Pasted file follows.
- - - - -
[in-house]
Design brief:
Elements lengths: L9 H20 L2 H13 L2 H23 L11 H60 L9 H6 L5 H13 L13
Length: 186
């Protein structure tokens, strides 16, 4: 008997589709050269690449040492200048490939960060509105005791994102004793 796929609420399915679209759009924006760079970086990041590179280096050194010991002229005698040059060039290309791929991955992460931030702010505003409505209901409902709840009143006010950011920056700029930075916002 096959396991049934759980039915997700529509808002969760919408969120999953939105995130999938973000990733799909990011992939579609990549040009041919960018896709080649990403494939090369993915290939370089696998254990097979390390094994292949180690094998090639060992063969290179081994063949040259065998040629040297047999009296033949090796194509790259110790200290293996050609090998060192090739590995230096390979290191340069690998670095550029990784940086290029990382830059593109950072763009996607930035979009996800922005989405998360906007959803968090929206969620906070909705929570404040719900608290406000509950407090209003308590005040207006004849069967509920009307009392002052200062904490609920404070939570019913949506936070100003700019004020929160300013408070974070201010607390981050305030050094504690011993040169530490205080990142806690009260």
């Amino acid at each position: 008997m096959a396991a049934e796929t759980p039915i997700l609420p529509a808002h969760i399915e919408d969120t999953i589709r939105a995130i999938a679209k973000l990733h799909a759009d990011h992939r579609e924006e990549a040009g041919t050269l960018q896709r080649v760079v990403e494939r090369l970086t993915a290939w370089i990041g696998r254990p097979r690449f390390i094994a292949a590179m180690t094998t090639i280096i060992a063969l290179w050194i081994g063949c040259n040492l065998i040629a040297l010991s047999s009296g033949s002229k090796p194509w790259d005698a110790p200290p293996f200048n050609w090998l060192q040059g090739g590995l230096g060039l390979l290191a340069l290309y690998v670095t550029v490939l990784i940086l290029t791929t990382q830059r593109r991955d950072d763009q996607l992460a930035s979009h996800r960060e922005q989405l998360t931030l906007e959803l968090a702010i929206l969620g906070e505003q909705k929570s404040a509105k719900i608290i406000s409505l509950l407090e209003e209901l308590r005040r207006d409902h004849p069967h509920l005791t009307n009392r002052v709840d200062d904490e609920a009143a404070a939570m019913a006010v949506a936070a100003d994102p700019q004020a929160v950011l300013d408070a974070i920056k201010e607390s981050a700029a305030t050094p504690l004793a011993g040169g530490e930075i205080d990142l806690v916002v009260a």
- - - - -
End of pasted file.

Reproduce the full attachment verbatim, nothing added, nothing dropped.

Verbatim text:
[in-house]
Design brief:
Elements lengths: L9 H20 L2 H13 L2 H23 L11 H60 L9 H6 L5 H13 L13
Length: 186
């Protein structure tokens, strides 16, 4: 008997589709050269690449040492200048490939960060509105005791994102004793 796929609420399915679209759009924006760079970086990041590179280096050194010991002229005698040059060039290309791929991955992460931030702010505003409505209901409902709840009143006010950011920056700029930075916002 096959396991049934759980039915997700529509808002969760919408969120999953939105995130999938973000990733799909990011992939579609990549040009041919960018896709080649990403494939090369993915290939370089696998254990097979390390094994292949180690094998090639060992063969290179081994063949040259065998040629040297047999009296033949090796194509790259110790200290293996050609090998060192090739590995230096390979290191340069690998670095550029990784940086290029990382830059593109950072763009996607930035979009996800922005989405998360906007959803968090929206969620906070909705929570404040719900608290406000509950407090209003308590005040207006004849069967509920009307009392002052200062904490609920404070939570019913949506936070100003700019004020929160300013408070974070201010607390981050305030050094504690011993040169530490205080990142806690009260």
């Amino acid at each position: 008997m096959a396991a049934e796929t759980p039915i997700l609420p529509a808002h969760i399915e919408d969120t999953i589709r939105a995130i999938a679209k973000l990733h799909a759009d990011h992939r579609e924006e990549a040009g041919t050269l960018q896709r080649v760079v990403e494939r090369l970086t993915a290939w370089i990041g696998r254990p097979r690449f390390i094994a292949a590179m180690t094998t090639i280096i060992a063969l290179w050194i081994g063949c040259n040492l065998i040629a040297l010991s047999s009296g033949s002229k090796p194509w790259d005698a110790p200290p293996f200048n050609w090998l060192q040059g090739g590995l230096g060039l390979l290191a340069l290309y690998v670095t550029v490939l990784i940086l290029t791929t990382q830059r593109r991955d950072d763009q996607l992460a930035s979009h996800r960060e922005q989405l998360t931030l906007e959803l968090a702010i929206l969620g906070e505003q909705k929570s404040a509105k719900i608290i406000s409505l509950l407090e209003e209901l308590r005040r207006d409902h004849p069967h509920l005791t009307n009392r002052v709840d200062d904490e609920a009143a404070a939570m019913a006010v949506a936070a100003d994102p700019q004020a929160v950011l300013d408070a974070i920056k201010e607390s981050a700029a305030t050094p504690l004793a011993g040169g530490e930075i205080d990142l806690v916002v009260a």